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4 Best Formations For Defensive Teams 

Modern soccer formations need to be fluid enough for teams to change from defense to attack instantly. A team that is too rigid will often find itself unable to adapt to opposing teams as they go through the gears. 

There are times, though, when a team simply has to concede that they’re playing a more dangerous team and select a formation that’s much more defensively solid.

It might not be fun to watch, and the fans can quickly start to voice their displeasure, but a pragmatic team can see the value in putting everyone behind the ball. 

We often forget that the primary goal of any competition is not to lose. Winning is preferable, but taking a valuable point against a superior team can be the difference between survival and relegation. So with that in mind, today, we’re going to look at four ideal formations for defensive teams. 

4. 4-4-2 Formation 

The classic 4-4-2 formation has been a staple of British soccer teams for decades, though it’s less common than it used to be.

What the 4-4-2 formation offers are comfort and stability, many teams have the players available to perform in the roles required, and the overload of defenders and midfield players offers real security. 

Having your flat defensive line, especially one that sits extremely deep to counter through balls, gives the goalkeeper much more cover. The flat midfield line usually avoids attacking wingers, preferring two wide midfielders instead. 

The wide midfielders can drop much deeper to help out the full-backs, and the two central midfield players can try and break up attacks before the opponents reach the defensive line.

The two central midfielders will drop deeper into defensive midfield positions in a serious defensive period, and there are suddenly eight players lined up to block attacks. 

Having two strikers isn’t as attacking as you might think, especially when the 4-4-2 is used defensively; one striker drops deeper towards the midfield to pick up the ball, while the target forward is used to hold up the ball. 


  • Players are comfortable with the formation.
  • A deep midfield protects defenses. 
  • Clubs often have the right players for the formation.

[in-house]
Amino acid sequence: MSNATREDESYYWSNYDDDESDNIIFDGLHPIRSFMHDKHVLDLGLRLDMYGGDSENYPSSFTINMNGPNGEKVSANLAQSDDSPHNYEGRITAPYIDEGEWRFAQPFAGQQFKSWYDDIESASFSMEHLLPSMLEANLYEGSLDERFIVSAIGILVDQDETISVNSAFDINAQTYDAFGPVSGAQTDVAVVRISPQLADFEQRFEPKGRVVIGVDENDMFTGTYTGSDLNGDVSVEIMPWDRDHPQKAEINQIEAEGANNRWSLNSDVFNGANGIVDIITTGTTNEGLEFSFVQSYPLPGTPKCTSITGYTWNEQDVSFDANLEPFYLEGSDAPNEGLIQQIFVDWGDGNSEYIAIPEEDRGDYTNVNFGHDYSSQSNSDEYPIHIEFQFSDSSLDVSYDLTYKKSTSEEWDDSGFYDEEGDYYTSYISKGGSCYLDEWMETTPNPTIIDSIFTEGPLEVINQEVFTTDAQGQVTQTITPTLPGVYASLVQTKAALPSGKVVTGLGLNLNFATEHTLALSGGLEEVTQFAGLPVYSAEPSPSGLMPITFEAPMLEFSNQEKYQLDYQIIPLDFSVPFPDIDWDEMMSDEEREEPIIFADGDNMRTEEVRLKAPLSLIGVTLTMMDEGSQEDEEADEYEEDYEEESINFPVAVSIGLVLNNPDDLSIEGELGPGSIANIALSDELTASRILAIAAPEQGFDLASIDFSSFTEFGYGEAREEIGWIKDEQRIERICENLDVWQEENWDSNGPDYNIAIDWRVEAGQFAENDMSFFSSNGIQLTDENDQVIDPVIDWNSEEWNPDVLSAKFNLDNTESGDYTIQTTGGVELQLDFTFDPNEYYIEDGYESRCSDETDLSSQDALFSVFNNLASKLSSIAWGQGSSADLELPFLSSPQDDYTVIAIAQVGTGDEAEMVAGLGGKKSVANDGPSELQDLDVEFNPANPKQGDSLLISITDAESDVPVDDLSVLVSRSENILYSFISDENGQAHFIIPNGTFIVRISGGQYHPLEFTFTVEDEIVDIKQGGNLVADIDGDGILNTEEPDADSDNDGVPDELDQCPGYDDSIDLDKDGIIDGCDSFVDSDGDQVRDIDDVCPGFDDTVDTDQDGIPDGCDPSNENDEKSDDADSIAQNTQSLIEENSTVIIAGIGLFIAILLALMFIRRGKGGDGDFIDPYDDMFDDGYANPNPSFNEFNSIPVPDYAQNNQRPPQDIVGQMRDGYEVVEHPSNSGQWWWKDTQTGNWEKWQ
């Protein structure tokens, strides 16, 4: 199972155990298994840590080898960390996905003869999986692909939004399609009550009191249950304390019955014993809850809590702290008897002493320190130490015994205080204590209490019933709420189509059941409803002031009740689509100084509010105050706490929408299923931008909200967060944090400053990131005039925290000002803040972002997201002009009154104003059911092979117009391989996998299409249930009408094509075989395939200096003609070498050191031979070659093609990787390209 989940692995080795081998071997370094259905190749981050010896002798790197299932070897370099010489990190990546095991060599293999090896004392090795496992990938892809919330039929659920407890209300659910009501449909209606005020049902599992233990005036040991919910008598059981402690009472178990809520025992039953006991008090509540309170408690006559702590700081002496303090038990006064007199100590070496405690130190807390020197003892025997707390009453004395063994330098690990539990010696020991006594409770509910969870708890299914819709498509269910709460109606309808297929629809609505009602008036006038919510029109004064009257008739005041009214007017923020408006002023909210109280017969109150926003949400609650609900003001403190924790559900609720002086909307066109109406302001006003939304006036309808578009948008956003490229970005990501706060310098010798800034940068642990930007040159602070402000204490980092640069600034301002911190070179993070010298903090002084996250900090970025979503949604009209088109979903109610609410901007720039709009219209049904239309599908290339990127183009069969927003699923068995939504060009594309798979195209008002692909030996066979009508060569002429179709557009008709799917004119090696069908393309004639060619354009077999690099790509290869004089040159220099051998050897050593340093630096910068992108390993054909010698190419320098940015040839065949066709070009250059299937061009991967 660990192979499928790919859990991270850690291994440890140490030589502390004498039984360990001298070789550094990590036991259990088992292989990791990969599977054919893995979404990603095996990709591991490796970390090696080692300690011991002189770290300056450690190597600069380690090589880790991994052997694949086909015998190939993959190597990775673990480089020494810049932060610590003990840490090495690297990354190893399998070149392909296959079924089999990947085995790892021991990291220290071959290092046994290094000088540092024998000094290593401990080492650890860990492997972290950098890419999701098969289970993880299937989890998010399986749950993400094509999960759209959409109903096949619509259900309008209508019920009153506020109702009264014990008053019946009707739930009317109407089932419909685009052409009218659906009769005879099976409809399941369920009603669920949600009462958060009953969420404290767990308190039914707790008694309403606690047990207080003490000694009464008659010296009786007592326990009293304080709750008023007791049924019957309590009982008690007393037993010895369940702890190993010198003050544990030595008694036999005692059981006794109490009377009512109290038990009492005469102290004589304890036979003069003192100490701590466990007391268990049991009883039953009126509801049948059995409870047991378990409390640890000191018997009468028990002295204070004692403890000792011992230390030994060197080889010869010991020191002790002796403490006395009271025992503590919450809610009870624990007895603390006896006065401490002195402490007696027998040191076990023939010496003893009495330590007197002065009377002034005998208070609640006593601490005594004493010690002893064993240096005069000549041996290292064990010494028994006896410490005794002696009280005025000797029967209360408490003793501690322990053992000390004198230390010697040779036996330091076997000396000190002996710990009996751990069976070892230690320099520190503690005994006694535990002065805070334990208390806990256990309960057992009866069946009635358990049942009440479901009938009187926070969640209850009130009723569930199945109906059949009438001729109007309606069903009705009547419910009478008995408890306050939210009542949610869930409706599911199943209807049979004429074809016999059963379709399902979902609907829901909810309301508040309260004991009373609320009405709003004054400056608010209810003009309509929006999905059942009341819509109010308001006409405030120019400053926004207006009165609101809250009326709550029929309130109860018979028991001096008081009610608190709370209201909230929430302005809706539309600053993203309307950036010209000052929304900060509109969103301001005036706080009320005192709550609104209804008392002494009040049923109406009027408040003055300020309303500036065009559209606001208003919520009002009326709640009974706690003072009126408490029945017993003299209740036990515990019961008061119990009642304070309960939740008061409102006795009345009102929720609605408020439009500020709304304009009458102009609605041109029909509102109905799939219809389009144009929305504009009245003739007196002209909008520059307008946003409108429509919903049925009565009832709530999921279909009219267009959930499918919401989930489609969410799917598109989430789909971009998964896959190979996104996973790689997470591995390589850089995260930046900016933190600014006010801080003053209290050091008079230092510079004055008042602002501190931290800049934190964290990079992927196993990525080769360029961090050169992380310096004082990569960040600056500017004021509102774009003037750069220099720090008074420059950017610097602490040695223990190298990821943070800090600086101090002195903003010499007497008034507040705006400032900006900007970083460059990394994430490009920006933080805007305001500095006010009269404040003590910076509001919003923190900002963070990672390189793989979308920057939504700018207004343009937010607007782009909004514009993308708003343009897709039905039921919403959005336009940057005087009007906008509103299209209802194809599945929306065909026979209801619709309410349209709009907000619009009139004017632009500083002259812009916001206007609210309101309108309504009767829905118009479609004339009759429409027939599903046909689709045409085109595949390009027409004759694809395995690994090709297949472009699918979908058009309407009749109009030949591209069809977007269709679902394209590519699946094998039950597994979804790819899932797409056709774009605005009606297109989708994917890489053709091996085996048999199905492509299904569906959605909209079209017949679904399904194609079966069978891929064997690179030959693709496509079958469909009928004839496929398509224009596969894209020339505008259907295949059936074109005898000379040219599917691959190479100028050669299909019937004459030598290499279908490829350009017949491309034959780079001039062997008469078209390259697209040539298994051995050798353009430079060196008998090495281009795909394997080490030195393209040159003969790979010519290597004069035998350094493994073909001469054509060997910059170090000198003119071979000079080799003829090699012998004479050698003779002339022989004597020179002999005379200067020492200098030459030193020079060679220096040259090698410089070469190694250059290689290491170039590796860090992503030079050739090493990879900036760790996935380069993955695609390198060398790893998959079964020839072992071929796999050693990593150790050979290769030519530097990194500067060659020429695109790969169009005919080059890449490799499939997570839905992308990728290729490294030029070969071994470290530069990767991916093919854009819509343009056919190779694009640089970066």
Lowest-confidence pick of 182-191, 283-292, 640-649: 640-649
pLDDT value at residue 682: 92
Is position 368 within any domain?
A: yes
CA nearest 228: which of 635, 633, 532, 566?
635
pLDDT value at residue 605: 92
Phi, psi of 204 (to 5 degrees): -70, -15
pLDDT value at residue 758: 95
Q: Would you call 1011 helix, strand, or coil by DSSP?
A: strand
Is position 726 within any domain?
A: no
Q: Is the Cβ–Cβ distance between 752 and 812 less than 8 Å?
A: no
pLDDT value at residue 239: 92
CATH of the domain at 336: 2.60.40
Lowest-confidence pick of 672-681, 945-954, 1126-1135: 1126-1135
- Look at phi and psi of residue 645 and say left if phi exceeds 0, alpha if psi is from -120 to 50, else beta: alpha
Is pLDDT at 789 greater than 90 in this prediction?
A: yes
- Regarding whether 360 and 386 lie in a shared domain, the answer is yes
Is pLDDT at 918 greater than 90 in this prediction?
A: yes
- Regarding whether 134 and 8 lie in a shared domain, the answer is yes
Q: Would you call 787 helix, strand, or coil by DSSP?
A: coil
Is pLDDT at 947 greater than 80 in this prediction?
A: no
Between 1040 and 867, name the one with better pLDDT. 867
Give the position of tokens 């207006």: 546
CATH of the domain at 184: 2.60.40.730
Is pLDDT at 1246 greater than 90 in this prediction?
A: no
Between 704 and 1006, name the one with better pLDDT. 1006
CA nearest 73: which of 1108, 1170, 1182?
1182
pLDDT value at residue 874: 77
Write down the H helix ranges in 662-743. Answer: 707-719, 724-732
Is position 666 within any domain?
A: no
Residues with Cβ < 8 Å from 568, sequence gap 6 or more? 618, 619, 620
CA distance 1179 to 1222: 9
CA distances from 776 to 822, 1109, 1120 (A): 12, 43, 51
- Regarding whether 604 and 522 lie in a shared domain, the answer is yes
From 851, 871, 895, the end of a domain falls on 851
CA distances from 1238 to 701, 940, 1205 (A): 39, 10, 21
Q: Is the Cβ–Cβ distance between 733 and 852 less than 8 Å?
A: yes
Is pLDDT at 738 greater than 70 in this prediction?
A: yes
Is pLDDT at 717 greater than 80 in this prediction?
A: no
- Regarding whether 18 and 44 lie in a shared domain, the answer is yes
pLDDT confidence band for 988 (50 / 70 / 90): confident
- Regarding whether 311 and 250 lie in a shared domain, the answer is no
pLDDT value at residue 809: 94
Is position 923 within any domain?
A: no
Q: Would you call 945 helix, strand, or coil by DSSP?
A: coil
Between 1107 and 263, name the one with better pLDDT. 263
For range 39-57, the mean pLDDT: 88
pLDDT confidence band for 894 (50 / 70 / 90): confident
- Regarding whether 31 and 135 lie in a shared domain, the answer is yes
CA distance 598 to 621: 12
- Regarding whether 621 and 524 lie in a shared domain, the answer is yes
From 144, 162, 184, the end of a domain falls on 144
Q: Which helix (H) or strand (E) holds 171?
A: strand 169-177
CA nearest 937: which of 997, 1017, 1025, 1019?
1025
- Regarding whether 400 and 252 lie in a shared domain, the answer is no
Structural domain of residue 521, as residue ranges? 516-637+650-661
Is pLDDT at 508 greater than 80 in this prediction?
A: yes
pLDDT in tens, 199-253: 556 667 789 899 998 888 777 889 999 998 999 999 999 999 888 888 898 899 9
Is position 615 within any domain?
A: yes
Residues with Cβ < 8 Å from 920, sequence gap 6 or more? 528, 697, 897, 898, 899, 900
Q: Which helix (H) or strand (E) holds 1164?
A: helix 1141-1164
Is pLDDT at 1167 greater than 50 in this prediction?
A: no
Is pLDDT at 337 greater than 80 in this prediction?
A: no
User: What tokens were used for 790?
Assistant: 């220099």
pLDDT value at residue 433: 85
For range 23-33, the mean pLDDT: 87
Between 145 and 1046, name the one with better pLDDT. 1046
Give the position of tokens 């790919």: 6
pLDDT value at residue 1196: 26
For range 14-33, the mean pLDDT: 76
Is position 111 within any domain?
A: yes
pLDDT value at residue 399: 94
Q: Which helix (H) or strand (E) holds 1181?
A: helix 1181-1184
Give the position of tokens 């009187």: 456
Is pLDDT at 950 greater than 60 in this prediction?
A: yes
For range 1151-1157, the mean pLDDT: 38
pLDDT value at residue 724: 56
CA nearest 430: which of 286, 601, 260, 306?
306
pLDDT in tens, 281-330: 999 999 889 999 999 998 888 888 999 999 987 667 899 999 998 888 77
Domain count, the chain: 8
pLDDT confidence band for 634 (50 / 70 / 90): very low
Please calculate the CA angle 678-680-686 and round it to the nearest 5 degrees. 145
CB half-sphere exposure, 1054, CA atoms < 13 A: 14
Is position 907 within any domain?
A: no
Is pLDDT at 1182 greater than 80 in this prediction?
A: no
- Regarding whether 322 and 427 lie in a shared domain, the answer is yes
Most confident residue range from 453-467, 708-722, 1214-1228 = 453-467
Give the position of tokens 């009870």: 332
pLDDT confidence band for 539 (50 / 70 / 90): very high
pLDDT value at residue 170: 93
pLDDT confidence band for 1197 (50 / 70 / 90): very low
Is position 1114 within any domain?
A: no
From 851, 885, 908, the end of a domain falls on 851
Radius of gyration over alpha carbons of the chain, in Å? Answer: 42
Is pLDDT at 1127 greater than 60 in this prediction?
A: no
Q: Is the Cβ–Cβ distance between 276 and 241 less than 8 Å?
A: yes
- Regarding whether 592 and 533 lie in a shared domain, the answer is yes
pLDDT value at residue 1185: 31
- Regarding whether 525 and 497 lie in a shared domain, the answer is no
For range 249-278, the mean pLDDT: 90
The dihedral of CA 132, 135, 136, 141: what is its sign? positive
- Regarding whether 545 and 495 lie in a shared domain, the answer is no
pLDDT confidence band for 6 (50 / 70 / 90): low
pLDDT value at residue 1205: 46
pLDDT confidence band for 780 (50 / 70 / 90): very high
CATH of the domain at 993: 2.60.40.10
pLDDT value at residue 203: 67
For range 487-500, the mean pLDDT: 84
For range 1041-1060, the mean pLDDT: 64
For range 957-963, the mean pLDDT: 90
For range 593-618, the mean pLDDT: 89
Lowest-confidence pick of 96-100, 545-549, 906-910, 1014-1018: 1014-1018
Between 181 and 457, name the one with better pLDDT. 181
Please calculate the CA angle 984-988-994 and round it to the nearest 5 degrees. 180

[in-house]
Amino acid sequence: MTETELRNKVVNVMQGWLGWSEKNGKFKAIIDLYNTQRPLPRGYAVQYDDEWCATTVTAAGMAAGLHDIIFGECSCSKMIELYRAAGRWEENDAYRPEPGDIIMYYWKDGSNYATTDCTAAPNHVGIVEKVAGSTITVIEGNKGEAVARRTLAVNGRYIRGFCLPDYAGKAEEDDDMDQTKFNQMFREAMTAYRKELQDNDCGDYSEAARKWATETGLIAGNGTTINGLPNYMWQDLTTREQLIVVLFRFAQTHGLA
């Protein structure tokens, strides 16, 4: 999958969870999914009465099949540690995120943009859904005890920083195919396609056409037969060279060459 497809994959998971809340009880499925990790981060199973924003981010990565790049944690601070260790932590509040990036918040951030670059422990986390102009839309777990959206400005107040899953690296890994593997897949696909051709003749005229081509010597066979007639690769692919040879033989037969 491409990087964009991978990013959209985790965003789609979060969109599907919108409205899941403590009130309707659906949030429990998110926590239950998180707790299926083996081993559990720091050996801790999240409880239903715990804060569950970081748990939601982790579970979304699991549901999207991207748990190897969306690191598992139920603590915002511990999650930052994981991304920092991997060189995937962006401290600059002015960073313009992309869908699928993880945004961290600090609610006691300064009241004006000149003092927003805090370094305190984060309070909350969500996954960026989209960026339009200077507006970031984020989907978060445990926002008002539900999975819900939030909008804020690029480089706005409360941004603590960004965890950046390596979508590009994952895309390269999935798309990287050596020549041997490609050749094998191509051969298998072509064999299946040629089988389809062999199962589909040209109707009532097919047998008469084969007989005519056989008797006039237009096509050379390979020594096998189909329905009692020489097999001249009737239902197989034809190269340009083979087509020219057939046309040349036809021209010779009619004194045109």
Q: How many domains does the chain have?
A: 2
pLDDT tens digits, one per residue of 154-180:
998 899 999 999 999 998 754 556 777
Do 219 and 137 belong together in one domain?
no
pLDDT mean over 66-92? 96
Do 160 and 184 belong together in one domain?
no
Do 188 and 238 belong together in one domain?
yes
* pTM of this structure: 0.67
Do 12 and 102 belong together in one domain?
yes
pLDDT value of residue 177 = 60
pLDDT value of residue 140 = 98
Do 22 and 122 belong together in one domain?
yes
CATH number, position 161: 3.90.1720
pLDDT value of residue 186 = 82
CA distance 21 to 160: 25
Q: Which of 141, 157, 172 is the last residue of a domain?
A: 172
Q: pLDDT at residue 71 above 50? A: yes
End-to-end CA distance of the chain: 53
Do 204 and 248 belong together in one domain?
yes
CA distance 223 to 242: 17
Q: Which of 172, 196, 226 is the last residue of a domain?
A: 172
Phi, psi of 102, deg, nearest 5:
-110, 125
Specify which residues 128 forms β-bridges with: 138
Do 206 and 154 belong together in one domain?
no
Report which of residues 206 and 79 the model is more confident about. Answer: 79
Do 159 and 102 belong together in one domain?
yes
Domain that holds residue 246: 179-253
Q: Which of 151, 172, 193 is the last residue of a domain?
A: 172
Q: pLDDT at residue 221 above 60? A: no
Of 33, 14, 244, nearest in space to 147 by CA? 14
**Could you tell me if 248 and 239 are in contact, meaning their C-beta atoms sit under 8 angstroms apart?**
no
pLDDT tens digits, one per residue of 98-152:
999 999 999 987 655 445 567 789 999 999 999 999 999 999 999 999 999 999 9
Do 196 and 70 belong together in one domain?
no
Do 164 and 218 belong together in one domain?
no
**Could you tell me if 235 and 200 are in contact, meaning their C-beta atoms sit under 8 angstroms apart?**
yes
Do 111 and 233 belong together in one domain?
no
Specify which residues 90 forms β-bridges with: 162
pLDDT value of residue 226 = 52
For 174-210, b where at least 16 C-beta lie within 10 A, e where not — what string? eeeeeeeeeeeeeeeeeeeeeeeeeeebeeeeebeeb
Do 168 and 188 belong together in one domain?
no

• As the midfield and attack drop deep, goal threats are fewer. 
  • Intricate passing teams can carve a flat defense apart. 
  • Strikers can become isolated. 

3. 4-1-4-1 Formation 

When a team is trying to hold on to a lead or just trying to keep an opponent at bay, the 4-1-4-1 formation is an excellent choice. Swapping out one of the strikers and replacing them with a defensive midfielder adds even greater solidity than the 4-4-2. 

The key players are the defensive midfielder and the remaining striker, as both have pivotal roles to play. The defensive midfielder is the team’s anchor, protecting the defense and being a conduit between the midfield.

Allowing the midfield to stay rigid and hopefully break up attacks, the DM act as a shield; any players making it past the midfield are immediately hunted down. 

The remaining striker isn’t just expected to have an easy game up front; they need to harry opposing defenders, trying to win the ball back and making a nuisance of themselves. Holding the ball up is vital, so a storing striker that’s good in the air is worth their weight in gold. 

The 4-1-4-1 formation is compact and defensively excellent and allows teams to pass the ball over short distances and try to keep the opposition chasing the game. Seeing out a last 20 minutes of a game using this tactic can stifle the opposition and get a team valuable points. 


  • Defensively excellent. 
  • Defensive midfield offers cover while providing an outlet for defense.
  • Can utilize players of limited skills. 


  • A lone striker can become isolated. 
  • Attracts attacking teams into pushing forwards.

2. 5-3-2 Defensive Midfielder